The orientation of the invention photopolymerizable liquid crystalline composition under the influence of an ac electric field can be frozen in a network using a fast cure such as UV curing. This allows for the production of a film which has an anisotropic orientation either parallel to the electrode or perpendicular to the electrode, and when, e.g., UV exposure is carried out through a photomask the exposed parts of the composition are cured with the desired orientation. Subsequently, switching the frequency of the applied field to above or below the crossover frequency orients the uncured rest of the area of the composition in a different direction and additional UV exposure without photomask fixes the molecular orientation in a network. See FIG. 5. After first partial cure the entire film can be placed in a separate field-generating device oriented at any desired angle to orient the molecules at a second orientation before second cure. As many orientation/cure cycles as desired can be used. This pattern-wise irradiation allows for the construction of a pattern of essentially infinite varying molecular orientation in the same polymer film. Orientations perpendicular and parallel to the substrates (electrodes) are preferred. Moreover, since the anisotropic orientation is locked in through crosslinks provided by the difunctional and higher-functional monomers, a robust network film is provided which retains the frozen in orientations until the film is heated to a decomposition temperature. An anisotropic film obtained from a monofunctional liquid crystalline monomer having a positive dipole anisotropy typically cannot retain molecular orientation above the glass transition temperature because the polymer is a side chain-type liquid crystalline polymer. In the side chain type liquid crystalline polymer, thermal relaxation destroys the oriented structure.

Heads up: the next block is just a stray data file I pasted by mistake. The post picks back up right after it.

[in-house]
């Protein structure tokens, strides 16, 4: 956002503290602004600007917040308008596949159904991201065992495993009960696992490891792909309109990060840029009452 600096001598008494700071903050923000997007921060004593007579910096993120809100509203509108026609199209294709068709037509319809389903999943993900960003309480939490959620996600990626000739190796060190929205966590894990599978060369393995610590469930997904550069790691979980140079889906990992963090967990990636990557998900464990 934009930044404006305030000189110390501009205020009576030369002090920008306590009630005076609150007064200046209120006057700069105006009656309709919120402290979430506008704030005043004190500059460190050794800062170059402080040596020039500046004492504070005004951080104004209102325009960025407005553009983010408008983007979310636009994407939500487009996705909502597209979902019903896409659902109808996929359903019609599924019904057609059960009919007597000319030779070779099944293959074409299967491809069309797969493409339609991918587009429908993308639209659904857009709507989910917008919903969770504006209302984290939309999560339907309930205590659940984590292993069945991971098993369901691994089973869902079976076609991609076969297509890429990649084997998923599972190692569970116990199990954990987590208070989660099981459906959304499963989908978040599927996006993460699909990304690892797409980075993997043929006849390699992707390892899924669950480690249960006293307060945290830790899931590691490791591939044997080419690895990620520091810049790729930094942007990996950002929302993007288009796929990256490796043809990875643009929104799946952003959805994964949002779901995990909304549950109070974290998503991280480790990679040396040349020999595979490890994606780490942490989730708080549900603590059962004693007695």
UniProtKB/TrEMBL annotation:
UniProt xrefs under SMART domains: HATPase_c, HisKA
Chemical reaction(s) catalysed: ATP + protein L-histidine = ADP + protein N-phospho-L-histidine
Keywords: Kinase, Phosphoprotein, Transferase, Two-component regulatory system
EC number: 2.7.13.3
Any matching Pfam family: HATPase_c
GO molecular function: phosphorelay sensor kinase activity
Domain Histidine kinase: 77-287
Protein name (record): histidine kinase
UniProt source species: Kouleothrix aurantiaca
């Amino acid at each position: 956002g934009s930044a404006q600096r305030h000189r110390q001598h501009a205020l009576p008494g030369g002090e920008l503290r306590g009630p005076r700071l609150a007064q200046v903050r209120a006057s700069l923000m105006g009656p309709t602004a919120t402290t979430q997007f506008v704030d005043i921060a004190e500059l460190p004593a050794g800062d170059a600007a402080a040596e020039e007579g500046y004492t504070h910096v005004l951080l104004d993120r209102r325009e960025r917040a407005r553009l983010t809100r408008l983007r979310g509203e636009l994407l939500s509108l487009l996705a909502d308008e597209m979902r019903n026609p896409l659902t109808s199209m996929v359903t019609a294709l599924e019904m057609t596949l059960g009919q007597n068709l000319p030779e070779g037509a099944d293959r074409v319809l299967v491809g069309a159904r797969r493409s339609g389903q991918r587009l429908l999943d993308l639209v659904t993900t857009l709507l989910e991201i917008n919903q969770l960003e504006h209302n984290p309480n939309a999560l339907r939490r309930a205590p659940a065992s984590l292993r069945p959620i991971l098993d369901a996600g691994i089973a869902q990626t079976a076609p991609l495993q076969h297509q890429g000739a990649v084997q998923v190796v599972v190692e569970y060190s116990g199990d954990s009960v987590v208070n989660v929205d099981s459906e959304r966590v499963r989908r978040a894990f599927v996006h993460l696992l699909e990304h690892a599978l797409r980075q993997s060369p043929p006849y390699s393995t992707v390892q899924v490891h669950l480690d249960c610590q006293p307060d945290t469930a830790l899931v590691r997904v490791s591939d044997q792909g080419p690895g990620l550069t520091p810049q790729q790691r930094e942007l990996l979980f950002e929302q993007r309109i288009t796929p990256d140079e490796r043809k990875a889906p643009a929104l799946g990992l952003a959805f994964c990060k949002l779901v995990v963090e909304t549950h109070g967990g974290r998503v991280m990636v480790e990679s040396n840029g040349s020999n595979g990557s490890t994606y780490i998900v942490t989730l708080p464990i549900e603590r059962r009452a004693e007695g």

It is convenient to carry out the invention alignment and cure process with the liquid crystal cell described above. The UV exposure should be conducted under temperature regulation in order to maintain a liquid crystalline state of the photopolymerizable liquid crystalline composition. Simultaneously, an ac electric field should be applied to the photopolymerizable liquid crystalline composition through the electrodes. The preferable amplitude of applied ac electric field is 0.5-10 V/mm below the crossover frequency, and 0.05-5 V/mm above the crossover frequency.